European COVID-19 Economic Stimulus Round Up

Extraordinary times call for extraordinary measures. The EU announced last week that it would suspend the Growth and Stability Pact. The unprecedented move will untether member states from regulations designed to encourage sustainable fiscal policies and safeguard healthy competition and consumer rights in normal times. In addition, EU Commission President Ursula von der Leyen is set to announce further measures this week. These will be designed to help boost the EU economic recovery, including making changes to the Multiannual Financial Framework (MFF), the EU’s long term budget.

The news comes following announcements made earlier in the month by the ECB, aimed at appeasing initial fears over the impact the global pandemic will have on the EU economy and European markets. These include delaying stress testing banks while also easing certain capital rules that will allow the sector to lend an additional €1.8 trillion. The concessions will come at a cost however as banks have been instructed not to pay out dividends to shareholders this quarter. The ECB will also spend €750 Billion in bond purchases in a bid to address concerns over the sovereign debt market. It is unclear at this stage which, if any, loosening of restrictions will apply to the alternative lending market.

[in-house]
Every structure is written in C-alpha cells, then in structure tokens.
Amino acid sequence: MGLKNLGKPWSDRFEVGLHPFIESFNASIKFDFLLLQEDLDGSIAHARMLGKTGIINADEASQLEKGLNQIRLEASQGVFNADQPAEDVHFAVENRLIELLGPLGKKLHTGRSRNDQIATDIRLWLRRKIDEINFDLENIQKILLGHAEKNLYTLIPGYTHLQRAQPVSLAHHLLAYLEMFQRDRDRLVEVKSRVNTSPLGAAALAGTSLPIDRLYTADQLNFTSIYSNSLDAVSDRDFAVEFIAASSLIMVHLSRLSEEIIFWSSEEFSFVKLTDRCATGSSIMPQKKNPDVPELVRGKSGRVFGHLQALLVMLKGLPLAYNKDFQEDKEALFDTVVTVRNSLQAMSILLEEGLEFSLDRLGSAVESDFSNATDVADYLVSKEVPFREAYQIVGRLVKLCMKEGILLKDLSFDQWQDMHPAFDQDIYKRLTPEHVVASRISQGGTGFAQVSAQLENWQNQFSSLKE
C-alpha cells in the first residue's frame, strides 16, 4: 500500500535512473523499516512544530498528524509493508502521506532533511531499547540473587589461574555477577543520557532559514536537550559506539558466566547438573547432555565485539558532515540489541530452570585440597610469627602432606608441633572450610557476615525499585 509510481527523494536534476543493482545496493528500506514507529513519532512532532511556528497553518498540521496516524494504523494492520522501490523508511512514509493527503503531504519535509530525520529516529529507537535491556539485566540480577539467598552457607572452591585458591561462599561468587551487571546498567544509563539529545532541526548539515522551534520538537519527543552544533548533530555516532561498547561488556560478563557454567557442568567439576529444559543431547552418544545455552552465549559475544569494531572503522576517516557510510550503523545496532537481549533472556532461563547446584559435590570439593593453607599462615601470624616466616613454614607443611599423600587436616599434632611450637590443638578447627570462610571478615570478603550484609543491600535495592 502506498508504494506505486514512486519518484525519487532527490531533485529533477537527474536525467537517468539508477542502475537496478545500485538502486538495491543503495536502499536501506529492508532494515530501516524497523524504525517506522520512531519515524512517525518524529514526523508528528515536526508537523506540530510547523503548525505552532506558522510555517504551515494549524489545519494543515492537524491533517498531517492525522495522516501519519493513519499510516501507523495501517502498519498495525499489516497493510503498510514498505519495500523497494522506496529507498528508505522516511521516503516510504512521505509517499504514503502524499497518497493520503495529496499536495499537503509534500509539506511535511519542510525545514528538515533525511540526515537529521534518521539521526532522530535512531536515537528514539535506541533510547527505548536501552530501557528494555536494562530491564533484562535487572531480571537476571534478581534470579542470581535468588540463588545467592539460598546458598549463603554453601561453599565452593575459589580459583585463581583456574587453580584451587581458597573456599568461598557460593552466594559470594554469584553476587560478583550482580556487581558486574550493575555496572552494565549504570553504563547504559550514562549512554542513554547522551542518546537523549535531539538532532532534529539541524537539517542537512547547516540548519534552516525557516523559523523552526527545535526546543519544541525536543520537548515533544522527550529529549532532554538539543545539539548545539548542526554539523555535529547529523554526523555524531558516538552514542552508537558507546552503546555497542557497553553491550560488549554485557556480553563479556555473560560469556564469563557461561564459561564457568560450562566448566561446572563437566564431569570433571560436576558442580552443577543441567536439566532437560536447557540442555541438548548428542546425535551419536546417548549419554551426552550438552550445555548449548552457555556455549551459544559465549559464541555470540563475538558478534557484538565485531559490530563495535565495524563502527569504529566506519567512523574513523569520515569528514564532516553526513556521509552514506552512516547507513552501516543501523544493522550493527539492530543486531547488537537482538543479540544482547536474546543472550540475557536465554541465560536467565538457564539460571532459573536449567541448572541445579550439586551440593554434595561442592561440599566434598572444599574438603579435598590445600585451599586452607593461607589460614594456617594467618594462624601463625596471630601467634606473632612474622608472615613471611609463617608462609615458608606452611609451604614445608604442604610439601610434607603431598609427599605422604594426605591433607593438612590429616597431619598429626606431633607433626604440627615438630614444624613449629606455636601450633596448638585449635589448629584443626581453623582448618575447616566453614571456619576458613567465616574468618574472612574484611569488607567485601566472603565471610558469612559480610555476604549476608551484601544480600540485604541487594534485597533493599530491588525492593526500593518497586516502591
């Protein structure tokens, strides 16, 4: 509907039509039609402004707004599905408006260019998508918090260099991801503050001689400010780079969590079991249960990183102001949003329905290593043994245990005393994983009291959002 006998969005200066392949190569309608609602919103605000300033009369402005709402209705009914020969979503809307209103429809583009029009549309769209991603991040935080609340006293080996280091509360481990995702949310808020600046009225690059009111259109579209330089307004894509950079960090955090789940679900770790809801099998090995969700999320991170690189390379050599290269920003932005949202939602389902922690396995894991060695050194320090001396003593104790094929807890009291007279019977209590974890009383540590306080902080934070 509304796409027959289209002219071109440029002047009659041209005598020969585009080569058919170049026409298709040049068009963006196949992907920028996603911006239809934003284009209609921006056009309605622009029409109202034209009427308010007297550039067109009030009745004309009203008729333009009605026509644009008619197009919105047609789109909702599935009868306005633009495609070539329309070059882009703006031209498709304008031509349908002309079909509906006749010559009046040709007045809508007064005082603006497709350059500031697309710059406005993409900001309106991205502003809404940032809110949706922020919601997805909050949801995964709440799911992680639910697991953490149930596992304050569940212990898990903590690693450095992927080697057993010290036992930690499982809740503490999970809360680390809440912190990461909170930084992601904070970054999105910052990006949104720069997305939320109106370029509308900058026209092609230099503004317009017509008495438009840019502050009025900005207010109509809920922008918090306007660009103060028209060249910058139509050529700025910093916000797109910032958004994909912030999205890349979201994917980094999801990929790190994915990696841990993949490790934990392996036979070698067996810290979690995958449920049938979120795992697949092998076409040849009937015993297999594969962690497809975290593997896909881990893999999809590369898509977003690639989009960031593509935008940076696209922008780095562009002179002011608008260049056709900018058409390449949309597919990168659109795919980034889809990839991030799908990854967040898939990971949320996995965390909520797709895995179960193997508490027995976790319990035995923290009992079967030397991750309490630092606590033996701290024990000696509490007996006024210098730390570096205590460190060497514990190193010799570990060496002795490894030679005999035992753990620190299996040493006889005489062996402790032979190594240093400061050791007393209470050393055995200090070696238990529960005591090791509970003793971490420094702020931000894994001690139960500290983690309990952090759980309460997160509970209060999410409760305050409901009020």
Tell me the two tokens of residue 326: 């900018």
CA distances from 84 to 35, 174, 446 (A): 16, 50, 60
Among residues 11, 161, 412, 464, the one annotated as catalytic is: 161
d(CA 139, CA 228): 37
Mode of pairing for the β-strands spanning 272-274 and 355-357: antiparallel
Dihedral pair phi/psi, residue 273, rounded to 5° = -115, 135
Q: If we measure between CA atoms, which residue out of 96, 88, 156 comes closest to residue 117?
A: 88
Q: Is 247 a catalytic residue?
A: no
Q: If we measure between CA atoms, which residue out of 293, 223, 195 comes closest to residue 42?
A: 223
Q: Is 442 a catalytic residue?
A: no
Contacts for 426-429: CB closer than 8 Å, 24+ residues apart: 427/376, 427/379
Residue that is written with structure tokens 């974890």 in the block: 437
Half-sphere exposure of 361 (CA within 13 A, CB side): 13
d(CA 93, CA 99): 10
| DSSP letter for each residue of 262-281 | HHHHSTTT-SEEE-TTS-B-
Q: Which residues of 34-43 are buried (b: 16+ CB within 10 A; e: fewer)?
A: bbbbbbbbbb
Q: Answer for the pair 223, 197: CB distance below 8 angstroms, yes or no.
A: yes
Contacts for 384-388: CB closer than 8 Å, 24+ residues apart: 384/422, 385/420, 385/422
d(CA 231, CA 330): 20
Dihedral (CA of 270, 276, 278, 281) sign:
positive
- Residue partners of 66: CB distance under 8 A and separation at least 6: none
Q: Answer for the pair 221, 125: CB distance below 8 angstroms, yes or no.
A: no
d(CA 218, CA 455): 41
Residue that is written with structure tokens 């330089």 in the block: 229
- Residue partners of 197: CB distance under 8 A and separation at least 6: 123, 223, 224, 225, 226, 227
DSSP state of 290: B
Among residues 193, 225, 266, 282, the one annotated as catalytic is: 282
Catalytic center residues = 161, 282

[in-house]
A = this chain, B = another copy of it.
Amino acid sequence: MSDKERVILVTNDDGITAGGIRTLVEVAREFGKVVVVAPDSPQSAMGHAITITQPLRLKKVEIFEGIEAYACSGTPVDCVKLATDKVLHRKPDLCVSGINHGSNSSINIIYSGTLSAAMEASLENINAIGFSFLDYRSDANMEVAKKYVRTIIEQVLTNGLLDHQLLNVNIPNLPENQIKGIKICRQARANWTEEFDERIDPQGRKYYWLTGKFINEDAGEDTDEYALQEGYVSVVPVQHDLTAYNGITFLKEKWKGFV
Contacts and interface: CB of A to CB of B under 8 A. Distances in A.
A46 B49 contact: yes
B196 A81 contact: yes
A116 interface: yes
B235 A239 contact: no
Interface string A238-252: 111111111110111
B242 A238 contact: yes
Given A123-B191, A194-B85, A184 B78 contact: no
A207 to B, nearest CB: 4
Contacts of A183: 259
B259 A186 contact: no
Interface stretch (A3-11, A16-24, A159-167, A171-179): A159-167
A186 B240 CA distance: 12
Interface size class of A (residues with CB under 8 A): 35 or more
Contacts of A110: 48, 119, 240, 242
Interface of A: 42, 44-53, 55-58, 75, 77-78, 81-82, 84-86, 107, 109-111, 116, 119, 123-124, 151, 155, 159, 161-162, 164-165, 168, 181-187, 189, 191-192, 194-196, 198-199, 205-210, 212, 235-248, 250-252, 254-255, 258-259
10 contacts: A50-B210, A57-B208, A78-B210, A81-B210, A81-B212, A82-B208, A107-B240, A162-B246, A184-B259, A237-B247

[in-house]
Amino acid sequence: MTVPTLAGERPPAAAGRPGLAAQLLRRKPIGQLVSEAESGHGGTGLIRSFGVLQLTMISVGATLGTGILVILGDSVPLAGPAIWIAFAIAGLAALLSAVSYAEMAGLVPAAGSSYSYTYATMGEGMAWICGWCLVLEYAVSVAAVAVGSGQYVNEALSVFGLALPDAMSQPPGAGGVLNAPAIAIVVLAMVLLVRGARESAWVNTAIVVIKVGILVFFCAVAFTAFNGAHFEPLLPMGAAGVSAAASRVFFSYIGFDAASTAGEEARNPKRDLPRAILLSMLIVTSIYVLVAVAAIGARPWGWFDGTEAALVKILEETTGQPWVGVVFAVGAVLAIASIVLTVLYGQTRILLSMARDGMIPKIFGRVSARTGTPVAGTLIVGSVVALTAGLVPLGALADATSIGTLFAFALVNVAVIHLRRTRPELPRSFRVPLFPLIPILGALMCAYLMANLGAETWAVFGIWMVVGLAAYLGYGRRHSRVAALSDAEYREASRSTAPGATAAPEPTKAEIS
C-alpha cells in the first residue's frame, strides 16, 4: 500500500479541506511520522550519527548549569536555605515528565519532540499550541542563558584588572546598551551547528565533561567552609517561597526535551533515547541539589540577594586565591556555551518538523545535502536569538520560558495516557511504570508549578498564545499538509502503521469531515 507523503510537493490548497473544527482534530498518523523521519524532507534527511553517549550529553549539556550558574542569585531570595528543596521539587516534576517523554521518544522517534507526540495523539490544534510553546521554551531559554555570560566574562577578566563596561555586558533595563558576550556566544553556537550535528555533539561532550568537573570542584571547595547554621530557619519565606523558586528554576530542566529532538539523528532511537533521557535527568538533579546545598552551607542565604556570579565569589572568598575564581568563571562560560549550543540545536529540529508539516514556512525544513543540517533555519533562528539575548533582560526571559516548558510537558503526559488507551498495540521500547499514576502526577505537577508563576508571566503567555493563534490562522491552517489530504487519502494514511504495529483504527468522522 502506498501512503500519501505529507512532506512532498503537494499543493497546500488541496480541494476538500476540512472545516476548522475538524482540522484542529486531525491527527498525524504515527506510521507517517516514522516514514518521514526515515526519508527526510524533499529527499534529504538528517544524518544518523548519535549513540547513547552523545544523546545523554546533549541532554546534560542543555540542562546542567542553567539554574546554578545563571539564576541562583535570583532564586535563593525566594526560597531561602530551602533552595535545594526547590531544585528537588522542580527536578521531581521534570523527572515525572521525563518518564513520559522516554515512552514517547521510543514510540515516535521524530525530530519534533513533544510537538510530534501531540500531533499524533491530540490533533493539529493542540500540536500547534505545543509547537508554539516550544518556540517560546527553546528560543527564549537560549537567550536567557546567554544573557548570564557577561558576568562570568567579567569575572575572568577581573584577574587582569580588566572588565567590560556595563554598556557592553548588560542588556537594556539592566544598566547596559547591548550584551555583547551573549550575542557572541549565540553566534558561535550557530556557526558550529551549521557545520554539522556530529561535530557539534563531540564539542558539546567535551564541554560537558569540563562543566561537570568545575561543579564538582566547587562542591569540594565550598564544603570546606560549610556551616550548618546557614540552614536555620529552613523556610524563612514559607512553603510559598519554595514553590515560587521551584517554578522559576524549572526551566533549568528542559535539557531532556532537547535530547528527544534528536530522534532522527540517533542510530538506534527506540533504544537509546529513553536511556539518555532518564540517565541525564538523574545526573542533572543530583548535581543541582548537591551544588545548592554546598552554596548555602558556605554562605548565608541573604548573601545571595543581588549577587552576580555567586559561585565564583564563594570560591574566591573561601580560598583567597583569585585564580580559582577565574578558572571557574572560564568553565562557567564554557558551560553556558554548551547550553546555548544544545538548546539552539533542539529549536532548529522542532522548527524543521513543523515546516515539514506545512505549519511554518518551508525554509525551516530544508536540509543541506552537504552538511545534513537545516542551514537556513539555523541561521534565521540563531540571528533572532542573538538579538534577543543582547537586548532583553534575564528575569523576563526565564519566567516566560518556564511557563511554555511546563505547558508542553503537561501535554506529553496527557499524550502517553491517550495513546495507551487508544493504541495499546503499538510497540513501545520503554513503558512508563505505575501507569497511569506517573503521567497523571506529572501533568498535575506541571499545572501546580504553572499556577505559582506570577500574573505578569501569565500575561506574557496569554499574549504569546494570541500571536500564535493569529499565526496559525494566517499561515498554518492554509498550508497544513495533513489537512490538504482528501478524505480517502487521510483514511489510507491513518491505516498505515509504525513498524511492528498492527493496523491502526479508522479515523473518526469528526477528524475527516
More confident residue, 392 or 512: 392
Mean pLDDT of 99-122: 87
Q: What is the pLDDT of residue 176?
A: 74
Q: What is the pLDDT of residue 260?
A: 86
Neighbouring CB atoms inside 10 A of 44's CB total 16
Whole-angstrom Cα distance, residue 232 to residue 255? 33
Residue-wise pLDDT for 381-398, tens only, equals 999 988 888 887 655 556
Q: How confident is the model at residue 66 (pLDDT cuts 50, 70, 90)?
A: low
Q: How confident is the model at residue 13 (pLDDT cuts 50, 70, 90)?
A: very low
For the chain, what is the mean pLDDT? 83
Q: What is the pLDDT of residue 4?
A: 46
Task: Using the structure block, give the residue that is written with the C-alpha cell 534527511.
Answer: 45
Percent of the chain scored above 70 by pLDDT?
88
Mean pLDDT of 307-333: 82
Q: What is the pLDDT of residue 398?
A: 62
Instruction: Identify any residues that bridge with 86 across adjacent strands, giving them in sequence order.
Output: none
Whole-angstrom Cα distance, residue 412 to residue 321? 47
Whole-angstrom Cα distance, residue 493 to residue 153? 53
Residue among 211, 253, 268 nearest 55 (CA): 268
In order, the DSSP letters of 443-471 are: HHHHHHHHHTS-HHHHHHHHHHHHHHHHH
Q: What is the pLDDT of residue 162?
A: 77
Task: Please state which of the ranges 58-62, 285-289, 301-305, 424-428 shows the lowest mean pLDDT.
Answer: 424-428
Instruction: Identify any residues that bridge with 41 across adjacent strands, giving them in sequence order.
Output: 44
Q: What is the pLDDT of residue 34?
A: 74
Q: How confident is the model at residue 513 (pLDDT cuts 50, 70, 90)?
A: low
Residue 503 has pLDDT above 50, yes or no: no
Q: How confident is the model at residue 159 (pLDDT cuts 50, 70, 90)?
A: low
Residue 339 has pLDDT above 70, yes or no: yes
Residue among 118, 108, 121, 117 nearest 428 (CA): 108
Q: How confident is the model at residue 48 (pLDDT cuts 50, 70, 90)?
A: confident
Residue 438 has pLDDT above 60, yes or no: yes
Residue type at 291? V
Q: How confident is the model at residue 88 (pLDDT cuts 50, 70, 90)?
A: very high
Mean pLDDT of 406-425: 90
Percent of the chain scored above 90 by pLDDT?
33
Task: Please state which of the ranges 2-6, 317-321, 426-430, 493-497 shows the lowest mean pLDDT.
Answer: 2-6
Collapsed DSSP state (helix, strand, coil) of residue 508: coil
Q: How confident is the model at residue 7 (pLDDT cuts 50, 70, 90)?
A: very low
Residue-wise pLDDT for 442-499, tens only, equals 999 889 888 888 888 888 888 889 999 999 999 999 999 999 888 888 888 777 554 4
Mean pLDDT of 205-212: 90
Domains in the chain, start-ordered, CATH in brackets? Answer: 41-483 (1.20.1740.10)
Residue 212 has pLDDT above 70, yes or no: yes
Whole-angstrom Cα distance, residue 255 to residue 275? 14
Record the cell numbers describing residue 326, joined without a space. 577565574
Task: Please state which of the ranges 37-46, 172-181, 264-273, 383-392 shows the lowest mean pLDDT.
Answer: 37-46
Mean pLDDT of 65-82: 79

Individual countries have been equally quick to announce initial measures and stimulus packages of their own. These have primarily been aimed at supporting key sectors of their economies as well as maintaining and expanding social security programs while authorities impose severe restrictions on most activities, in a bid to contain the spread of the novel coronavirus. Below is a round up of the measures being taken by Europe’s largest economies, totalling over €1.5 trillion euros in financial commitments to date.


Europe’s largest economy has set aside over €750 Billion euros to address the crisis, taking on new debt for the first time since 2013. Measures include:

  • €500 billion bail out fund for larger companies at risk due to the outbreak
  • €50 billion for small businesses and the self employed facing bankruptcy
  • unlimited loans from the state owned development bank KfW  to companies facing liquidity problems (the state will guarantee 90% of each loan)
  • €10 billion to support the growing needs of nationwide Social Security programs


In a similar vein, France has promised unlimited support for businesses, setting aside an initial €45 billion for companies and employees affected by the pandemic. There will be flexibility shown on corporate tax and social security payments during the crisis.

In addition, the French government will:

  • Guarantee up to €300 billion of bank loans to support businesses
  • Take an option on €1 trillion of guarantees from European institutions
  • The government will also consider specific packages for companies that already have state holdings, such as the national carrier Air France.